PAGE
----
“Even the professors can’t tell us what my senior year is going to look like,” she said.
Sophomore Naydelin Sanchez, who is majoring in ethnic studies and planning to graduate in 2023, initially felt relieved by news of the merger. It meant Mills wasn’t going to go under. But as time went on she realized her degree might be in jeopardy.
Now, she said she feels lied to and “played by a system.”
Northeastern doesn’t offer an ethnic studies major. A preliminary document on the Mills website listing comparable Northeastern majors includes “Africana Studies” and “Politics, Philosophy, and Economics.”
Sanchez said so far nobody has told her how to proceed. She hasn’t met with an adviser since she registered for classes. She doesn’t know if classes she’s taking for an ethnic studies major will end up counting toward her degree.
“I don’t even know who to complain to because literally they’re just like, ‘Here’s this information and deal with it, but we still don’t have an answer to how to fix your issues,’ ” she said. Now, she isn’t sure whether she will stay at Mills or transfer out.
When asked to comment on Sanchez’s situation, a Mills spokeswoman said, “I’ve been asked to advise you that it is early in the merger process,” and deferred to online FAQs about the merger.
Officials will spend the coming year shaping the full slate of undergraduate and graduate academic programs, the FAQs say.
Ethnic studies isn’t the only major seemingly slated for a change, according to the preliminary document.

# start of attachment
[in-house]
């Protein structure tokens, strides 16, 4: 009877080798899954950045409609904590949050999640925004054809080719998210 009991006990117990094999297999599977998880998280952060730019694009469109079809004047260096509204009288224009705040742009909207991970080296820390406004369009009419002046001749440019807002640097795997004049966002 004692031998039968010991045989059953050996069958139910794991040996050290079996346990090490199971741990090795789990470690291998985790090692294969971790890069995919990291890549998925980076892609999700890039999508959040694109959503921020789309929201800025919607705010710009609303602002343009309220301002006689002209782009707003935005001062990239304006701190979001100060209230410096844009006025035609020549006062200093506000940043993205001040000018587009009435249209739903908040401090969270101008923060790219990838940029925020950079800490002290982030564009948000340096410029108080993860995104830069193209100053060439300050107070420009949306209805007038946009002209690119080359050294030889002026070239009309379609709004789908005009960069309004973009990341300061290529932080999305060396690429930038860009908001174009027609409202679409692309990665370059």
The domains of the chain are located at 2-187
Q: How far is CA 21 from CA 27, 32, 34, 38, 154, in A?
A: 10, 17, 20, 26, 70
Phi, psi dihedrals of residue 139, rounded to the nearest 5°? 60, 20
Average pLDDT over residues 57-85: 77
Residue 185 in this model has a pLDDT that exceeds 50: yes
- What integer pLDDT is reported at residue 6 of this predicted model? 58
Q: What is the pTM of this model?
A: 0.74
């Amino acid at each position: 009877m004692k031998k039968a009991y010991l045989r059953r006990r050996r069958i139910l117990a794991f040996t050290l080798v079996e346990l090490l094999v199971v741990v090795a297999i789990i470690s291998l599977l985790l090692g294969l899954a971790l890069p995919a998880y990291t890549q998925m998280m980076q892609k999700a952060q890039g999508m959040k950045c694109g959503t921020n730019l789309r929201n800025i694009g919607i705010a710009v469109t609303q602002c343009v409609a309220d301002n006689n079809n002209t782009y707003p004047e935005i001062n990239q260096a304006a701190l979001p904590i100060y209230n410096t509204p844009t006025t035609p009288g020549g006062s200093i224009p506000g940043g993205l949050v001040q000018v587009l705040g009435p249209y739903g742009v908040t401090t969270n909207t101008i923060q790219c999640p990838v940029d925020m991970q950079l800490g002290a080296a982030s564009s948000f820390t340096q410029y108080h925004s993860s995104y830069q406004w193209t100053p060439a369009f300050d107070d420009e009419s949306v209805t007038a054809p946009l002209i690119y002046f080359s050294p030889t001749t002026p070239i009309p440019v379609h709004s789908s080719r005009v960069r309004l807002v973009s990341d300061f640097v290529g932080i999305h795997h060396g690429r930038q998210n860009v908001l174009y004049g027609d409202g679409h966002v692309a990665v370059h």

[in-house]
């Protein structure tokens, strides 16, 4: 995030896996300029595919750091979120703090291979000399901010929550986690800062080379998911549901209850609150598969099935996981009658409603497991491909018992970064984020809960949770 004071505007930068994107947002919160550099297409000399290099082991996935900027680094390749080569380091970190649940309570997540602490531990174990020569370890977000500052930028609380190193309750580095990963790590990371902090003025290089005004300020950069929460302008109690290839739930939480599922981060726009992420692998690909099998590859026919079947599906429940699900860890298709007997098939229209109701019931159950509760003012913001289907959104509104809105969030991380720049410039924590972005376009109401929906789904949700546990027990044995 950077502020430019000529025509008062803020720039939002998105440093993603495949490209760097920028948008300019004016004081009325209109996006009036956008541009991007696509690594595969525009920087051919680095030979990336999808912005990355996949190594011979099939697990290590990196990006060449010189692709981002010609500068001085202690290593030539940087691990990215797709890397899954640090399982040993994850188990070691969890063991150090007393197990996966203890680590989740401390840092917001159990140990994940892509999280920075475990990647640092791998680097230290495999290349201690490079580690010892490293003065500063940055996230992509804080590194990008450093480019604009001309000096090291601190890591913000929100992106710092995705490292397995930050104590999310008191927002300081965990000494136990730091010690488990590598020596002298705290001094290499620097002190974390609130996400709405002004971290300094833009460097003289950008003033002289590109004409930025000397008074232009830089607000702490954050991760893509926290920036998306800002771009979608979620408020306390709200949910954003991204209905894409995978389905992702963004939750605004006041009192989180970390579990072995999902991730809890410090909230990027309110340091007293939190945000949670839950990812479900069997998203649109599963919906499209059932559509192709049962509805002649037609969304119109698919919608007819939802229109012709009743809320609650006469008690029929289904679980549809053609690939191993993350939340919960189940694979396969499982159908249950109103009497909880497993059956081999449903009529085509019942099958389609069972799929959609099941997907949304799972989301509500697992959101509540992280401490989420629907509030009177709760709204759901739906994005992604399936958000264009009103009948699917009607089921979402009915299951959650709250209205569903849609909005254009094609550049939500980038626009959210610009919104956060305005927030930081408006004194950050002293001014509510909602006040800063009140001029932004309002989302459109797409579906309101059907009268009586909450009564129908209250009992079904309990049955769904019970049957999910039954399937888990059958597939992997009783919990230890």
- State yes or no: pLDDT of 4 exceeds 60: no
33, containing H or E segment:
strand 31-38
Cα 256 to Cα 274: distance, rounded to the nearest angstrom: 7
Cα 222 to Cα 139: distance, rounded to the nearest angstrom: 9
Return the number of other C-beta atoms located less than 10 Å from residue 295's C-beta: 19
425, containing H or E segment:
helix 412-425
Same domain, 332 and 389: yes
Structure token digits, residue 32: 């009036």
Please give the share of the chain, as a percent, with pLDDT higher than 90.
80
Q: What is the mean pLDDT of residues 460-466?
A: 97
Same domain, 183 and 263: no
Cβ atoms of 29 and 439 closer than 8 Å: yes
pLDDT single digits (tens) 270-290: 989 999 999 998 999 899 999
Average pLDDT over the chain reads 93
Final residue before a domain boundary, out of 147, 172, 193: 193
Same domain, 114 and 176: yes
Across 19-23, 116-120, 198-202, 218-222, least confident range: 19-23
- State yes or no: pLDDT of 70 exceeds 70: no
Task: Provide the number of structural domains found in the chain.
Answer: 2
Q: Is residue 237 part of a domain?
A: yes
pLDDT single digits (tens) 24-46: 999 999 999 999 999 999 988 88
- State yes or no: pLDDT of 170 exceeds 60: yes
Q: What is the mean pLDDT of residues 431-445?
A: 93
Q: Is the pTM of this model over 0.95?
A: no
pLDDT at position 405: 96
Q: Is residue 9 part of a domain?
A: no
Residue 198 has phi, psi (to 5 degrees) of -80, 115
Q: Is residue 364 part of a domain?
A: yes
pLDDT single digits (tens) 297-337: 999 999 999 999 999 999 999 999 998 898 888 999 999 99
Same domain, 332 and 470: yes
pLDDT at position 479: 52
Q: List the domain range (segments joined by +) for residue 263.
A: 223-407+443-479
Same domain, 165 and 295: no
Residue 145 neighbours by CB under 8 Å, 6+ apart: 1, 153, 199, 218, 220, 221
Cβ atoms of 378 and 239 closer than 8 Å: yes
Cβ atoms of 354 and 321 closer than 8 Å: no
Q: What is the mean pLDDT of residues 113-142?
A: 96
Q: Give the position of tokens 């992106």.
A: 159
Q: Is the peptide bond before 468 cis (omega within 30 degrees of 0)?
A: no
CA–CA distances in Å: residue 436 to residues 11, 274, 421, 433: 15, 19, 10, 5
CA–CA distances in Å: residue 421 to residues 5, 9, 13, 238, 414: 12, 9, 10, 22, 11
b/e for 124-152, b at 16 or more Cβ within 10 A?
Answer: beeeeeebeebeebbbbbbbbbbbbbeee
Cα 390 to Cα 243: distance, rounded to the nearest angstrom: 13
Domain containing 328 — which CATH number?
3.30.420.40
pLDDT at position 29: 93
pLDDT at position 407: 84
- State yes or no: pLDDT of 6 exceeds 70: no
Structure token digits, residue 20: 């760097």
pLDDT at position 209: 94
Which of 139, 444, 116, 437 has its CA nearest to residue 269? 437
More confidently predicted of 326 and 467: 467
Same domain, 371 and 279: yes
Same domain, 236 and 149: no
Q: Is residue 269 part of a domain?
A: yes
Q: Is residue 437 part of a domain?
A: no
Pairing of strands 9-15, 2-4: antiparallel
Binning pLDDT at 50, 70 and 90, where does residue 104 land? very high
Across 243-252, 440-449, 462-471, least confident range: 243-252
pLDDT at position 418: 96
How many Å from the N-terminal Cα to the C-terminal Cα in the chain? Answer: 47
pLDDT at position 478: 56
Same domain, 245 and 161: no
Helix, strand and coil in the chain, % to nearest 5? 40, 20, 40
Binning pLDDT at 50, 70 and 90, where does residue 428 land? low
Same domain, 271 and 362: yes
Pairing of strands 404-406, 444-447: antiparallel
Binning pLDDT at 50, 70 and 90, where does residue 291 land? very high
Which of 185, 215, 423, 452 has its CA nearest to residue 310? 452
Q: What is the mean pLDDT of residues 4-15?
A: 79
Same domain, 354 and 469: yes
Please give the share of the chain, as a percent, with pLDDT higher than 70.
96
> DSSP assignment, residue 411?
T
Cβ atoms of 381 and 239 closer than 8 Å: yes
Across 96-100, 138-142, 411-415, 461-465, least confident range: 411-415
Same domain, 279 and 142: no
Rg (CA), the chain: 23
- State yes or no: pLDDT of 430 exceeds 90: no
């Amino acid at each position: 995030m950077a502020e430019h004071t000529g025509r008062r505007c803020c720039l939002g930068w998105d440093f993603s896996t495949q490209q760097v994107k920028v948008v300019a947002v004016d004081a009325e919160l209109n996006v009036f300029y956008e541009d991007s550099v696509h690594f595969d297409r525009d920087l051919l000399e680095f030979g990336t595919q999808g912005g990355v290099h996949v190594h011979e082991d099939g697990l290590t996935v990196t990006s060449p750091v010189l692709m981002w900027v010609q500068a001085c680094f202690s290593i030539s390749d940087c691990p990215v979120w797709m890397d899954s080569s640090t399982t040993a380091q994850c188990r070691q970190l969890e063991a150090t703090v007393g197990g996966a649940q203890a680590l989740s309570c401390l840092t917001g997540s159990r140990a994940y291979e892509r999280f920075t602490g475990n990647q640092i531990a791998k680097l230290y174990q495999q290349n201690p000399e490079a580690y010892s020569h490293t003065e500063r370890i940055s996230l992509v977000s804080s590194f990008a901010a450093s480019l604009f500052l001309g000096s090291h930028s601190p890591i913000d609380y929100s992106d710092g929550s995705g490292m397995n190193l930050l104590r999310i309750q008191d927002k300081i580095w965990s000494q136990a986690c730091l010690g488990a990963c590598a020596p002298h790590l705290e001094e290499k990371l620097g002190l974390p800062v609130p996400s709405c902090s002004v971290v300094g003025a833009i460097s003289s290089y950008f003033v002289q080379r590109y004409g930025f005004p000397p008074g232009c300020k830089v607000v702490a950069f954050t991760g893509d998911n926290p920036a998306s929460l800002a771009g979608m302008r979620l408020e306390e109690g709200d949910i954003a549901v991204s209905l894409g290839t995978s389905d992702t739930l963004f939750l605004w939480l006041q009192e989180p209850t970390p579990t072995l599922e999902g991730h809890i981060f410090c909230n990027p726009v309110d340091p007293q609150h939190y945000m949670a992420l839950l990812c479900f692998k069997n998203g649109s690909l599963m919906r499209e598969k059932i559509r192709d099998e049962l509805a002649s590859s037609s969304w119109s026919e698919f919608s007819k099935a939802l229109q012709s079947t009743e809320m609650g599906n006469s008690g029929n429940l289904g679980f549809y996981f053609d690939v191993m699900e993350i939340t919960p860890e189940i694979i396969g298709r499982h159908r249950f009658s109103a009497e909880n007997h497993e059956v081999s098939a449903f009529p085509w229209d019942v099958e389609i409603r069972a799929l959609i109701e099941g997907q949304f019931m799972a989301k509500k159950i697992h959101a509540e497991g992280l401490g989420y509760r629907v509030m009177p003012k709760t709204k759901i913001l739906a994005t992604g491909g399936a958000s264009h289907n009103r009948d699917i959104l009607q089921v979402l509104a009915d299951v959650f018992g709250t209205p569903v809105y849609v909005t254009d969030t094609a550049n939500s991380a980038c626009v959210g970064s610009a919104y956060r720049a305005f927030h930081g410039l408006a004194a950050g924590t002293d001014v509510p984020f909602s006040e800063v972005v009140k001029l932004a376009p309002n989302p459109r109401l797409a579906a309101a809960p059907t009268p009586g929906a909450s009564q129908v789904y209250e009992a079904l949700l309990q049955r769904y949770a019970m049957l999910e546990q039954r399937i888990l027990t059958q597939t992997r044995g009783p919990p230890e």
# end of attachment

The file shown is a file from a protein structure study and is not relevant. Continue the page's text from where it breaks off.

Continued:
Mills offers a “Women’s, Gender, and Sexuality Studies” major, while Northeastern has only a “History, Culture, and Law” degree and a gender/sexuality concentration.
Those differences in curriculum matter, critics of the merger say, because they reflect the culture and values at Mills, where the majority of students are people of color and many say it is a safe space for LGBTQ people.
Shay Franco-Clausen, a public policy senior at Mills who identifies as Black, Afro-Latina and lesbian, said she chose a women’s college to feel more comfortable sharing ideas without judgment or being spoken over.
“That was the main purpose of our little place in the world — to grow academically, build partnerships with other women who identified similar to us, who had the same values, to do amazing things in the community together. Now, I’m not saying that men can’t do the thing, but that’s not what I applied to,” she said.
Bay Area-raised Franco-Clausen serves on the board of the Santa Clara Valley Open Space Authority, a conservation-focused special district in the state. Franco-Clausen was initially drawn to the rich history of women’s advocacy at Mills, as well as its alumni network of radical and community-focused activists and elected officials such as Rep. Barbara Lee, a Democrat representing northwest Alameda County.
After the merger, Franco-Clausen fears Mills will “be another place that’s gentrified with people from all over that may not contribute to the fiber of Oakland or the East Bay.”
She is now racing to finish 21 credits before May, taking six classes at Mills and one class at West Valley College, a community college. If she can’t finish in time, she’ll have to take classes under the Northeastern umbrella next fall — a non-starter, she said.
Bridging the gap
Mills and Northeastern officials say they are committed to helping current Mills students who won’t graduate this year still complete their degree. They also want to bridge the gap between the two institutions.
Continuing Mills students will see Northeastern’s higher tuition rate offset with scholarships and financial aid. Those who need eight credits or fewer to complete their degree can do so in a special six-week term this summer. Students who are farther away can finish their degree through Northeastern, or transfer to one of 14 schools covered by a partnership agreement. Those schools include University of the Pacific, Mount St. Mary’s University, and Santa Clara University.